to get there I Myths
and Legends I The
Sacred Lotus I Local Wildlife
In reality, Tasik Chini is less a lake and more a naturally dammed
tributary of the mighty Pahang River, which lies to the north. Until
recently the lake's waters rose and fell with the seasons - during
the rainy season the waters were unable to flow down the narrow
Sungai Chini and so became backed up in a series of lakes. A unique
ecosystem developed, dominated by the presence of the Sacred Lotus
(Nelumbo Nucifera) which once covered the entire surface of the
During low waters the lotus seeds would germinate, the roots would
take hold in the soft mud and the stunning blooms would appear on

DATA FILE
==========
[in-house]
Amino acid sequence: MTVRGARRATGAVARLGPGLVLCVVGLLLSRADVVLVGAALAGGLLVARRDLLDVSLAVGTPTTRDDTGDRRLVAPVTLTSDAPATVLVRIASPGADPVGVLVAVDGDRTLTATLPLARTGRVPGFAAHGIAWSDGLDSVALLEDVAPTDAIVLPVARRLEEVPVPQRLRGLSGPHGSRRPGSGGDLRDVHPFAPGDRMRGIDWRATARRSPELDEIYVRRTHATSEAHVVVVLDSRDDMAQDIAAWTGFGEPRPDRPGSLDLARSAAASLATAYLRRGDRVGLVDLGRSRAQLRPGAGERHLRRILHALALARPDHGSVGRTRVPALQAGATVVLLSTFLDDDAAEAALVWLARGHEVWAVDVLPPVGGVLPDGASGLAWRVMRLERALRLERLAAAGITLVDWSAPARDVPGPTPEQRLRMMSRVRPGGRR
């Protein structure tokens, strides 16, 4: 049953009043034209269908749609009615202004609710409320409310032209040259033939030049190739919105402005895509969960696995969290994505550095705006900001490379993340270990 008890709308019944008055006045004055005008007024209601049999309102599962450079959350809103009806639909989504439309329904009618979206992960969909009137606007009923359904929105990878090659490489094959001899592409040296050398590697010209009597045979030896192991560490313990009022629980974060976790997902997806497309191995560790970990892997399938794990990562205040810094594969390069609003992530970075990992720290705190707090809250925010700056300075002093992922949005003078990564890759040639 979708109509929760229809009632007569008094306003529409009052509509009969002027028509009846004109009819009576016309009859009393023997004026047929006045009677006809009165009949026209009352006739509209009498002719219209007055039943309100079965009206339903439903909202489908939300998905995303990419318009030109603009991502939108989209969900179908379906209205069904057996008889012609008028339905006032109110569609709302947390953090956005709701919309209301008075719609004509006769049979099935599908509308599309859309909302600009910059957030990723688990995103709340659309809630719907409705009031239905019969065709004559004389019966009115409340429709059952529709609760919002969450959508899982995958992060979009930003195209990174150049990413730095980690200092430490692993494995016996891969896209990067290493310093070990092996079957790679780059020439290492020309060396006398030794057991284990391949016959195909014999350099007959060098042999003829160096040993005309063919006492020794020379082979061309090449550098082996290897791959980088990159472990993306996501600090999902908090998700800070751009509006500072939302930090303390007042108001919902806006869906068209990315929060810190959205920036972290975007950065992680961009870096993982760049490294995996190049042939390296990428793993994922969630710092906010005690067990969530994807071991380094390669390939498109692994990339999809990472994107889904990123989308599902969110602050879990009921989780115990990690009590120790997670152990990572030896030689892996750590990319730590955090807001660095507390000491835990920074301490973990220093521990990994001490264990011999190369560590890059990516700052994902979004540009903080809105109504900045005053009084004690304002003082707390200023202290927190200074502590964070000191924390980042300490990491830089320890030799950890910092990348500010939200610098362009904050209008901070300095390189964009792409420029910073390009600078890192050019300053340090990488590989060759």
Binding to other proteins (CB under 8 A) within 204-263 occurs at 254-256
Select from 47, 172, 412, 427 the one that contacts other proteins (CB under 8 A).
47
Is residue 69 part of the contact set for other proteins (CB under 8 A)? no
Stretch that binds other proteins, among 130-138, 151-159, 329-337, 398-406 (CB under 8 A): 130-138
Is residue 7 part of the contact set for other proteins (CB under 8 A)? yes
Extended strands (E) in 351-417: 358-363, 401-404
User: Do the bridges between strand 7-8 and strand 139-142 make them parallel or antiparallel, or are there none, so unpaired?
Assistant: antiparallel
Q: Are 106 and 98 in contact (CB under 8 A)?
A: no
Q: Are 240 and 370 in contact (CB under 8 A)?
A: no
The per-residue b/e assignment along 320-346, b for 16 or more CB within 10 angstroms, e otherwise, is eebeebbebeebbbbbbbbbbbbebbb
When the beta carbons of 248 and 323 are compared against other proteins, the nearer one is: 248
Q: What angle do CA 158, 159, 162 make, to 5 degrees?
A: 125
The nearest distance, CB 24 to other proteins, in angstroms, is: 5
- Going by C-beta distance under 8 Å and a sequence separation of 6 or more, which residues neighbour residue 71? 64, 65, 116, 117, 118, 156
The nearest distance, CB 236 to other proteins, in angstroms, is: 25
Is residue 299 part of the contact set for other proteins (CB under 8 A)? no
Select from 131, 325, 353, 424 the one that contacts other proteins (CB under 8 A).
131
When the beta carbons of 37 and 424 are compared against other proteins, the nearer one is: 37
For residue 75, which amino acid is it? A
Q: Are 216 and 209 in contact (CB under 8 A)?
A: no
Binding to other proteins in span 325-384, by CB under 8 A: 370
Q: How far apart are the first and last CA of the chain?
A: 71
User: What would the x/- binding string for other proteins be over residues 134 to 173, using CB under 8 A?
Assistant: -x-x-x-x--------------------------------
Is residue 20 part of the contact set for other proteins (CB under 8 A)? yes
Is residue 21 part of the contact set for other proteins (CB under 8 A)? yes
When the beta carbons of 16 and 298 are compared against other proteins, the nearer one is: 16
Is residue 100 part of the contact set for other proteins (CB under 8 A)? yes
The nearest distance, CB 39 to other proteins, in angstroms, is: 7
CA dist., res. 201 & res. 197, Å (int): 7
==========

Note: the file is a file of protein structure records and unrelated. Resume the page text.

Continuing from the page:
the water's surface. During monsoonal floods, from October to January
the lotus would die back but, the flowers having been fertlised,
new seeds would litter the lake bottom awaiting the dry season.
Foolishly, in 1995 the State Government Of Pahang, in a bid to
make the lakes more appealing to visitors in the dry season, built
a dam at the point where the Sungai Chini enters the Pahang River.
The waters were then never able to recede again. It wasn't long
before the ecosystem started showing signs of stress.
The lotuses became fewer and fewer with the passing years, and
large stands of various species of Eugenia trees which border the
lake also died back, being unable to tolerate constant submergence.
Happily, the mistake has been rectified; in early 2000 the dam was
breached and redesigned to accommodate the annual rise and fall
of the waters. The lotuses are returning once again, however it
will be decades before the damage to the Eugenia is healed.